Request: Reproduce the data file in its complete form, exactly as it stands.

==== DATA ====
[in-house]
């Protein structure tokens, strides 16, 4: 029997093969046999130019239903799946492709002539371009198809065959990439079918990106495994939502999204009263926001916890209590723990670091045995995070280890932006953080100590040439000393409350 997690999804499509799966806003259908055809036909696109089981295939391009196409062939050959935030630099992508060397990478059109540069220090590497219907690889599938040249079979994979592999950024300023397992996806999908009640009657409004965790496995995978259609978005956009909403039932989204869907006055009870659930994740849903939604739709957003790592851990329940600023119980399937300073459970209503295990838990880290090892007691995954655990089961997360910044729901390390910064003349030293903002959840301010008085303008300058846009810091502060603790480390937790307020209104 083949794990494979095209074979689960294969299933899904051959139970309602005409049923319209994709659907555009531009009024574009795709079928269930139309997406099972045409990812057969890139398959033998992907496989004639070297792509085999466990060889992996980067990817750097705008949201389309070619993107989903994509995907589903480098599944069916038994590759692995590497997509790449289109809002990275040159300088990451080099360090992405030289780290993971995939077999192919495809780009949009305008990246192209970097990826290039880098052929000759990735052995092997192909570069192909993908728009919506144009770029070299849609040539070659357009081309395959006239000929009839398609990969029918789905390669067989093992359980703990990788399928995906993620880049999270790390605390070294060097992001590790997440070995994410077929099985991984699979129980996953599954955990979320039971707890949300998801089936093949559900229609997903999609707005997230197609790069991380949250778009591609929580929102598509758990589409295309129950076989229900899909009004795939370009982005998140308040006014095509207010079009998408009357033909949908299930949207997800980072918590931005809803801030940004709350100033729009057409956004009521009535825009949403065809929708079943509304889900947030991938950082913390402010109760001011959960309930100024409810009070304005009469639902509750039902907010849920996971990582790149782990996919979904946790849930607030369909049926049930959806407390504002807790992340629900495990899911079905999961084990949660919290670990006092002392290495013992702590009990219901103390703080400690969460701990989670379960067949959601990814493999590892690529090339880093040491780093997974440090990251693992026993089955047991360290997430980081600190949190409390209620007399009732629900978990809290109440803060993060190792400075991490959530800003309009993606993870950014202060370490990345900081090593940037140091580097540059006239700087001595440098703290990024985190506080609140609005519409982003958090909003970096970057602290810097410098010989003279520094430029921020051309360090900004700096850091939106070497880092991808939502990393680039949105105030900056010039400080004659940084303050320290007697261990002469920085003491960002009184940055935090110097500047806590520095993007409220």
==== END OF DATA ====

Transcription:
[in-house]
């Protein structure tokens, strides 16, 4: 029997093969046999130019239903799946492709002539371009198809065959990439079918990106495994939502999204009263926001916890209590723990670091045995995070280890932006953080100590040439000393409350 997690999804499509799966806003259908055809036909696109089981295939391009196409062939050959935030630099992508060397990478059109540069220090590497219907690889599938040249079979994979592999950024300023397992996806999908009640009657409004965790496995995978259609978005956009909403039932989204869907006055009870659930994740849903939604739709957003790592851990329940600023119980399937300073459970209503295990838990880290090892007691995954655990089961997360910044729901390390910064003349030293903002959840301010008085303008300058846009810091502060603790480390937790307020209104 083949794990494979095209074979689960294969299933899904051959139970309602005409049923319209994709659907555009531009009024574009795709079928269930139309997406099972045409990812057969890139398959033998992907496989004639070297792509085999466990060889992996980067990817750097705008949201389309070619993107989903994509995907589903480098599944069916038994590759692995590497997509790449289109809002990275040159300088990451080099360090992405030289780290993971995939077999192919495809780009949009305008990246192209970097990826290039880098052929000759990735052995092997192909570069192909993908728009919506144009770029070299849609040539070659357009081309395959006239000929009839398609990969029918789905390669067989093992359980703990990788399928995906993620880049999270790390605390070294060097992001590790997440070995994410077929099985991984699979129980996953599954955990979320039971707890949300998801089936093949559900229609997903999609707005997230197609790069991380949250778009591609929580929102598509758990589409295309129950076989229900899909009004795939370009982005998140308040006014095509207010079009998408009357033909949908299930949207997800980072918590931005809803801030940004709350100033729009057409956004009521009535825009949403065809929708079943509304889900947030991938950082913390402010109760001011959960309930100024409810009070304005009469639902509750039902907010849920996971990582790149782990996919979904946790849930607030369909049926049930959806407390504002807790992340629900495990899911079905999961084990949660919290670990006092002392290495013992702590009990219901103390703080400690969460701990989670379960067949959601990814493999590892690529090339880093040491780093997974440090990251693992026993089955047991360290997430980081600190949190409390209620007399009732629900978990809290109440803060993060190792400075991490959530800003309009993606993870950014202060370490990345900081090593940037140091580097540059006239700087001595440098703290990024985190506080609140609005519409982003958090909003970096970057602290810097410098010989003279520094430029921020051309360090900004700096850091939106070497880092991808939502990393680039949105105030900056010039400080004659940084303050320290007697261990002469920085003491960002009184940055935090110097500047806590520095993007409220």